Julia Gash bought this local variation of the I love New York design to Sheffield a couple of years ago. She was previously involved with the (now closed) Gash shop on Devonshire street but has since set up a business selling eco bags and the I love Sheffield one has been a huge hit, as you can guess from the frequency that you see them around town. They continue to be particularly popular with students and it looks like some variations on the original design are now available, too.

Buy: Various locations including the Sheffield university students’ union studio shop

I love Sheffield drawstring eco bag

  • A piece of history

The crucible is due to reopen imminently and the theatre’s new carpet is apparently inspired by the distinctive 1970s design of the original. The theatre has been selling off pieces of the old carpet to raise money and at the last count a few of them were still available.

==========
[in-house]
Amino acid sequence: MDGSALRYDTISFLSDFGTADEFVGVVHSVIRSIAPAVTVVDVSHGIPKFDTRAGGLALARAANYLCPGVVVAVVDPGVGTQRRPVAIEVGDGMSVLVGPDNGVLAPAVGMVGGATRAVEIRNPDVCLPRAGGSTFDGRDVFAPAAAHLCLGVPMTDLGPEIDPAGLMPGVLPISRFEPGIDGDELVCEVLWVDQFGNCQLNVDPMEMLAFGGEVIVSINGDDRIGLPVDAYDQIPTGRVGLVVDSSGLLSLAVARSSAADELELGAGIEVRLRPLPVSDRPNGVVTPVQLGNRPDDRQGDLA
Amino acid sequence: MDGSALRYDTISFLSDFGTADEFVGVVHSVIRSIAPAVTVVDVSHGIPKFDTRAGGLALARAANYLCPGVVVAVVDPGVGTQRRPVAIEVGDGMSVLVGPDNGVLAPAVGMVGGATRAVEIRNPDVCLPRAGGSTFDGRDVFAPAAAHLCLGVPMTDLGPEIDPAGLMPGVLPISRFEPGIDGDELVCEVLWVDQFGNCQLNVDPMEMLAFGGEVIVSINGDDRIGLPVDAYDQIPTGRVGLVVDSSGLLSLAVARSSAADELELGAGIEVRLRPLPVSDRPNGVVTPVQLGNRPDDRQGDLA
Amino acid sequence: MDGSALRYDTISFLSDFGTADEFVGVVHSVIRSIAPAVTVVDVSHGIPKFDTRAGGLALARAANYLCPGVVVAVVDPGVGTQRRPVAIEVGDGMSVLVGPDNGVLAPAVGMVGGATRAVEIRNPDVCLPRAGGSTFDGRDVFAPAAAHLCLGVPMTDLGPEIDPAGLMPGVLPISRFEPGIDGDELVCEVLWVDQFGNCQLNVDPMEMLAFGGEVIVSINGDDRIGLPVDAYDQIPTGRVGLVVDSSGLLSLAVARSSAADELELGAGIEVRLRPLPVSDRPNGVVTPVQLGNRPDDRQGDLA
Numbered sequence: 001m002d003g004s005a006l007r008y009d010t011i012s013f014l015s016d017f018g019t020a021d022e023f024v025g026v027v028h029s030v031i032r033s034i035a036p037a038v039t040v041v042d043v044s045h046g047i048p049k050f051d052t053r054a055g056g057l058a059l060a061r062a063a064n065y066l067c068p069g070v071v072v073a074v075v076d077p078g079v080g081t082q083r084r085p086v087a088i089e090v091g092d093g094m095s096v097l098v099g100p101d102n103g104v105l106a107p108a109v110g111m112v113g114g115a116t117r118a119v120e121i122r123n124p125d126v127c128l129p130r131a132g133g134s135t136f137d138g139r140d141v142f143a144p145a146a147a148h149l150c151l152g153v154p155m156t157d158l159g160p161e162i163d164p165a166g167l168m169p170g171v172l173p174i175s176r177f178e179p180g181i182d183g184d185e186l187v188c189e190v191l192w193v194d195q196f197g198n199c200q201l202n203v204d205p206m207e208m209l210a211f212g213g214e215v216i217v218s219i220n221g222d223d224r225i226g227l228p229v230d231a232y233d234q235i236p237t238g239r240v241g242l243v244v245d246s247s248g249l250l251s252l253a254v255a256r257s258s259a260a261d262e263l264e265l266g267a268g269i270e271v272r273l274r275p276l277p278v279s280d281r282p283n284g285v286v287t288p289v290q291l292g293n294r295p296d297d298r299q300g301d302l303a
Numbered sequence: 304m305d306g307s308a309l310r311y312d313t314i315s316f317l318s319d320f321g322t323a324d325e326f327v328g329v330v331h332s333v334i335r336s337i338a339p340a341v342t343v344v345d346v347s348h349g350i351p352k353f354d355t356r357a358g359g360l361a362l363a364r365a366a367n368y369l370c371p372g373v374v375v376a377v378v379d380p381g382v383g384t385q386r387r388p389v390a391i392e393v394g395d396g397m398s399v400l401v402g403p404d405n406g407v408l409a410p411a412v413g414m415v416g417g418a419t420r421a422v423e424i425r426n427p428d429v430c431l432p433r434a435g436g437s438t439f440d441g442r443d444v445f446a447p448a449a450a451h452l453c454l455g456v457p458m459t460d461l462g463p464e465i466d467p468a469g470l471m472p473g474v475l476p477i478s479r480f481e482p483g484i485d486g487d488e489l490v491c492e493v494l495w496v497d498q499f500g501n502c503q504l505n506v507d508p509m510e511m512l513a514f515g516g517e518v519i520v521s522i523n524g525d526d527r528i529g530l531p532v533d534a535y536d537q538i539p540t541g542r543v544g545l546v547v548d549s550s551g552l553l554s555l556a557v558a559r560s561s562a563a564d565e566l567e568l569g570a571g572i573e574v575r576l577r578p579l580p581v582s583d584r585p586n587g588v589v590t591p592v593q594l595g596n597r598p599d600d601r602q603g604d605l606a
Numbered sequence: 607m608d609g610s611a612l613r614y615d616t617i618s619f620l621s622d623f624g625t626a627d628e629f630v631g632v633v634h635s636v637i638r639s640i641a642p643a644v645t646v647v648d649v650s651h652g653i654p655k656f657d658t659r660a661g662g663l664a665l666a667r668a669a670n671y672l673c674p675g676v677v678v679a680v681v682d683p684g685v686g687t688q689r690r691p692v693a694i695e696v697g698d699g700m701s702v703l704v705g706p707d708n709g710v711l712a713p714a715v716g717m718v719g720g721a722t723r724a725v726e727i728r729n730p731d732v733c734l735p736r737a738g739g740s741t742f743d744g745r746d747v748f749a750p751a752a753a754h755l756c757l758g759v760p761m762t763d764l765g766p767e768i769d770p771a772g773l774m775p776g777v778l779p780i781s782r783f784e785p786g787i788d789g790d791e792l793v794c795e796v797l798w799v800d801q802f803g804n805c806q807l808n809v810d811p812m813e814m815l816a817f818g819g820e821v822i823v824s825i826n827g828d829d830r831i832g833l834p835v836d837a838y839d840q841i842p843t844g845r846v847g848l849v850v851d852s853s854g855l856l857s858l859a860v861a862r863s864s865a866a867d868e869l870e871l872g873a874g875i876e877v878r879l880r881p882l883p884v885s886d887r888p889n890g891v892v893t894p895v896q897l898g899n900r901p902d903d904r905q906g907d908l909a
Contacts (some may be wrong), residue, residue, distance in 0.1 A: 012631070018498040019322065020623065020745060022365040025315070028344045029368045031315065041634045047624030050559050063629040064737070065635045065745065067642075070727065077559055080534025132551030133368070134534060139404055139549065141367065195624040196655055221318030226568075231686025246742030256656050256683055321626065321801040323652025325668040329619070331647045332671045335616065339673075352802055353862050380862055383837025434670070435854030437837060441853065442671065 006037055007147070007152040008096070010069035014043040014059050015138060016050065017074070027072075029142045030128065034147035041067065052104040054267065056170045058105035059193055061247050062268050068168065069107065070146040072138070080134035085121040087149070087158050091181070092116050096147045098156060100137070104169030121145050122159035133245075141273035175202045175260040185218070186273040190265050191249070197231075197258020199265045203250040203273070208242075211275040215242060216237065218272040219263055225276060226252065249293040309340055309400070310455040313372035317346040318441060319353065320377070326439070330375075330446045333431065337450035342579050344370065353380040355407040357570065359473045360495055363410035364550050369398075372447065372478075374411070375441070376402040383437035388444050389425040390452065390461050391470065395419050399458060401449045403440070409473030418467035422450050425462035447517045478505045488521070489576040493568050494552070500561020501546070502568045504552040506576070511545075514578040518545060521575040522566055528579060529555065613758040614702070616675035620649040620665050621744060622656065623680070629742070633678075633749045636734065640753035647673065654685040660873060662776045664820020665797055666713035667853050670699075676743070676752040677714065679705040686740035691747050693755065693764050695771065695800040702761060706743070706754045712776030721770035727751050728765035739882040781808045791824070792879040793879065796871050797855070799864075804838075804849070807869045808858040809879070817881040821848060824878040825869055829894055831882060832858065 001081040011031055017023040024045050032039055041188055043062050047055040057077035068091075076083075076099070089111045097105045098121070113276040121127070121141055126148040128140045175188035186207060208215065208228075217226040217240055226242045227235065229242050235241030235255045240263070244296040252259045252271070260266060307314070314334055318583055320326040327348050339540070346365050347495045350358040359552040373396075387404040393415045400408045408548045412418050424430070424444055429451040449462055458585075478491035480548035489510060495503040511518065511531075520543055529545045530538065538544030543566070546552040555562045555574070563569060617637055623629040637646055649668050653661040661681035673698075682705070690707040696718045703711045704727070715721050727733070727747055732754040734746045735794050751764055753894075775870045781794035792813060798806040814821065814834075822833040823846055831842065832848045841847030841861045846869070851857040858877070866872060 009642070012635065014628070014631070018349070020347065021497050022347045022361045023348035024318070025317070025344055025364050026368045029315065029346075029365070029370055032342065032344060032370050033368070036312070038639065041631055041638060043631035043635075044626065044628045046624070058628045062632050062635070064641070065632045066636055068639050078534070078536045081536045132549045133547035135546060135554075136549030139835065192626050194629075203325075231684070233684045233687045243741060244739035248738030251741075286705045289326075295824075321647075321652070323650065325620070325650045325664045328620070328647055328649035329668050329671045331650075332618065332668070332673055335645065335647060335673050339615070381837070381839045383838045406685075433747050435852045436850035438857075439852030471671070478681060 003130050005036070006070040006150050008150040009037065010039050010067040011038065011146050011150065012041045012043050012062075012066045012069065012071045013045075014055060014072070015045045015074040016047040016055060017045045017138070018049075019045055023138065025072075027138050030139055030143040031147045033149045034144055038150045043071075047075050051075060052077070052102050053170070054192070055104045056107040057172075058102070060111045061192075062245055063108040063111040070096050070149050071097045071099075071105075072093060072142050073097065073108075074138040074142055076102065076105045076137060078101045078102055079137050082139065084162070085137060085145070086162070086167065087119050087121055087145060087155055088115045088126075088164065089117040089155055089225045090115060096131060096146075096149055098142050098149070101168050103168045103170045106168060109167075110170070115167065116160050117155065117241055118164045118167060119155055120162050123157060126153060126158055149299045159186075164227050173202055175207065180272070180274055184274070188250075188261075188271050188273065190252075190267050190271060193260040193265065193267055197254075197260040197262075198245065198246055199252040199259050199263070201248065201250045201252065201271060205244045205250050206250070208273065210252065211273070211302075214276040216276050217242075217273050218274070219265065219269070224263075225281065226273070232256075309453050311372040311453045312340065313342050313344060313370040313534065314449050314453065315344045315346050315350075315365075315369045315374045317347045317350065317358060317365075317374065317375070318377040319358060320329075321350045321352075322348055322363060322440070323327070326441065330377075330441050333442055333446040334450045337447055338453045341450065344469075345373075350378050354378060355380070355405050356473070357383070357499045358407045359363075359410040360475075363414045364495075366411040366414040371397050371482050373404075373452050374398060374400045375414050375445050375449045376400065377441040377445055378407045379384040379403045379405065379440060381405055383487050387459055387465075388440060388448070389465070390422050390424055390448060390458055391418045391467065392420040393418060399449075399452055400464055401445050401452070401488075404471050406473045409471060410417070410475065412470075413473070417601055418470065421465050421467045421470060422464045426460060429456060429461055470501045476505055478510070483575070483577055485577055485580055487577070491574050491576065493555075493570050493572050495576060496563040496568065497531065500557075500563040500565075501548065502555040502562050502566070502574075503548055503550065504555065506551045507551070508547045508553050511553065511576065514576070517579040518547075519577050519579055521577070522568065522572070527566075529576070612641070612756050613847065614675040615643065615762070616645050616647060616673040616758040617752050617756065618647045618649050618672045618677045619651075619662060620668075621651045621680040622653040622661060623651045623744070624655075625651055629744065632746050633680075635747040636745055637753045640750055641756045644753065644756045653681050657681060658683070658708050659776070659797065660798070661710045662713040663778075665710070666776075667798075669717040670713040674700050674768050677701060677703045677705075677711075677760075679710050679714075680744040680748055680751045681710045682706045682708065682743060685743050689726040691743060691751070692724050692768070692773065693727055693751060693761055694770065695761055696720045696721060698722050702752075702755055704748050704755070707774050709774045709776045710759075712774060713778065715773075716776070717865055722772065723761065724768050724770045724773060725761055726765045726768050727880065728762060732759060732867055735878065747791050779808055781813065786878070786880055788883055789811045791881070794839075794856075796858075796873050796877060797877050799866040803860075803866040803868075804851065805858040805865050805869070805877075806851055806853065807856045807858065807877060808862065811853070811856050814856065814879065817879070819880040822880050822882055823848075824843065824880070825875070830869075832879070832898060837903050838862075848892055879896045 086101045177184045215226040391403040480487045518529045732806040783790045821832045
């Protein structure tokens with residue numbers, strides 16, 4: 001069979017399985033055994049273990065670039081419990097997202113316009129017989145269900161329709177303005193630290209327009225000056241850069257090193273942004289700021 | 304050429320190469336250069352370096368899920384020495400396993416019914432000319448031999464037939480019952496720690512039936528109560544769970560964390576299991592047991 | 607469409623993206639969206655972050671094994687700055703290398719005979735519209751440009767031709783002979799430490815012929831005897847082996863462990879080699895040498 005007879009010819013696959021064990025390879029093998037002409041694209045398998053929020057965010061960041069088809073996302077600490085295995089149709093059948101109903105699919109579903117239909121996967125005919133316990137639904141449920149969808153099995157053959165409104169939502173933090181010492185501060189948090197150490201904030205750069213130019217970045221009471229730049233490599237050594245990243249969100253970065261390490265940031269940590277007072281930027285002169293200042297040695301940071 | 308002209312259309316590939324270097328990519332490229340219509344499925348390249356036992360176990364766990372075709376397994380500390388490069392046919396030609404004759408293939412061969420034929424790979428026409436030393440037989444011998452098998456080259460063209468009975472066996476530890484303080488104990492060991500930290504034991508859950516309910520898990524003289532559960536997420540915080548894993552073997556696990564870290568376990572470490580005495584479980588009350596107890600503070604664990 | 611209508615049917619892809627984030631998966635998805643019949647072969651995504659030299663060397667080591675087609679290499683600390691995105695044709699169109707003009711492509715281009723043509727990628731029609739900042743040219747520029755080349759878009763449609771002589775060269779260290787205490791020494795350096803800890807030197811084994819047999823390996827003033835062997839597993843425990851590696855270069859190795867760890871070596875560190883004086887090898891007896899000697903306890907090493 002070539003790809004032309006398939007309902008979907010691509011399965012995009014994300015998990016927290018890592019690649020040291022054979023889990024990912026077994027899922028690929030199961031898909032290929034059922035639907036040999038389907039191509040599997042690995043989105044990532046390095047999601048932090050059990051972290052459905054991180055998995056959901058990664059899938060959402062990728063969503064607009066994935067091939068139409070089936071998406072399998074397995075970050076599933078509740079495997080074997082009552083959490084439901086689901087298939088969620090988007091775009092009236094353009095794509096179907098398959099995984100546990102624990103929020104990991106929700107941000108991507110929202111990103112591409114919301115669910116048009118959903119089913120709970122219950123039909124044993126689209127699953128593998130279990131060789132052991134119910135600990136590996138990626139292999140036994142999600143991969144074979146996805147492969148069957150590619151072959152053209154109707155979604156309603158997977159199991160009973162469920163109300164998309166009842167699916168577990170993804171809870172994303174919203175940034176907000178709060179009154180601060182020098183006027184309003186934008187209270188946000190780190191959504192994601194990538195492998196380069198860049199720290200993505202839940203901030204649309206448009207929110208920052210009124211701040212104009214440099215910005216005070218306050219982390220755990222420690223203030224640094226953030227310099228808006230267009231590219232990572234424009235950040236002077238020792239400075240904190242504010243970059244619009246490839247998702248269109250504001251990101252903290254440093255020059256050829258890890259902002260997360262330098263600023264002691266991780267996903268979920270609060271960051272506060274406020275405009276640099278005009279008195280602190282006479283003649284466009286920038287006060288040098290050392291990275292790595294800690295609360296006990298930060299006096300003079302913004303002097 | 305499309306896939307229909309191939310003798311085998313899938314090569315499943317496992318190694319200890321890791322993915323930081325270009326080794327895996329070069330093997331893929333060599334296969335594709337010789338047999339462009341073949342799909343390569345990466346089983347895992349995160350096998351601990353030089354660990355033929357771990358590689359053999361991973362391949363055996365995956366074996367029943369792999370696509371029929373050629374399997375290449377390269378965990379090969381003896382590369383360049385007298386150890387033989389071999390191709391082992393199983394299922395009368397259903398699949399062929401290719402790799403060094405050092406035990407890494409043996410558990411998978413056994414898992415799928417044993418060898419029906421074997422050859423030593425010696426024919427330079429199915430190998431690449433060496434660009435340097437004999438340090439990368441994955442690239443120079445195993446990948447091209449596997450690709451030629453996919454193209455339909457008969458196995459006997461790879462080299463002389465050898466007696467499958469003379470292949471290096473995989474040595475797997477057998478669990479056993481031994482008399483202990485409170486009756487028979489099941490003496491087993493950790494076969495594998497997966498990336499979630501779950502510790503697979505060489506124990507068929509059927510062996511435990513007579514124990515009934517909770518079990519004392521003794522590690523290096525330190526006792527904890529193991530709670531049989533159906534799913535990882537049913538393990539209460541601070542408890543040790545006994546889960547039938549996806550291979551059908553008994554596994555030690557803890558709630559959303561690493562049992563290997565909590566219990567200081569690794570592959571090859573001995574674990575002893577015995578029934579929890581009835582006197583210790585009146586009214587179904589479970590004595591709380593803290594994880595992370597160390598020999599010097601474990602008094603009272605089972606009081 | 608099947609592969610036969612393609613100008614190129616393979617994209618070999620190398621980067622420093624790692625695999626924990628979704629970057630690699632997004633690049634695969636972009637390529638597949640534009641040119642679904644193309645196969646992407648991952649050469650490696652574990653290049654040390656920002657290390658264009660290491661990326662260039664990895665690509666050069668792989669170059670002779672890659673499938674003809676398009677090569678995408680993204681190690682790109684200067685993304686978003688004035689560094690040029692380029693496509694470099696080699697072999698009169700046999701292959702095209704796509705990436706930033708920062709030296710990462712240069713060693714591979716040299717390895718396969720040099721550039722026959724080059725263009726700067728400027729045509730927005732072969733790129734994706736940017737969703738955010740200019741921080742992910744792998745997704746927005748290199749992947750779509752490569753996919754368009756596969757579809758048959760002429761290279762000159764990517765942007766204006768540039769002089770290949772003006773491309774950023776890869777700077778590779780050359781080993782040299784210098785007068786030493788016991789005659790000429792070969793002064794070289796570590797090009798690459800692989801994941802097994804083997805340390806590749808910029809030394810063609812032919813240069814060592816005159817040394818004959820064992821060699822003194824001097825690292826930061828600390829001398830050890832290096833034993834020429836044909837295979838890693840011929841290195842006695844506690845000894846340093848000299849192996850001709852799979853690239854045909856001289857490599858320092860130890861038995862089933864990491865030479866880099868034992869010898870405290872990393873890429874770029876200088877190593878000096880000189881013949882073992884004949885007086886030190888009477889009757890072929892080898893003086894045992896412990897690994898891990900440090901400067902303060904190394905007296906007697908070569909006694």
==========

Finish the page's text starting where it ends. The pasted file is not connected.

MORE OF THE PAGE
Buy: Sheffield theatres

The Crucible carpet: old (left) and new (right)


  • Food discount card

The city may still be up-and-coming in the culinary stakes but progress is slowly being made and there are now some good places to eat out. Chef Richard Smith is the man behind many of the area’s more impressive restaurants and his relax, eat and drink privilage card could be just the gift for a foodie friend or loved one. You get £50-worth of restaurant vouchers, a £25 bottle of champagne, a free meal on your birthday, money off every other meal, free tea and coffees and more. At £100 it isn’t cheap, but when you remember that his restaurants include Artisan, the Cricket inn, the excellent-value Canteen and the imminent Spice market cafe on Ecclesall road, it won’t even take a meal out at each before you earn your money back.


Has anyone got any more present recommendations?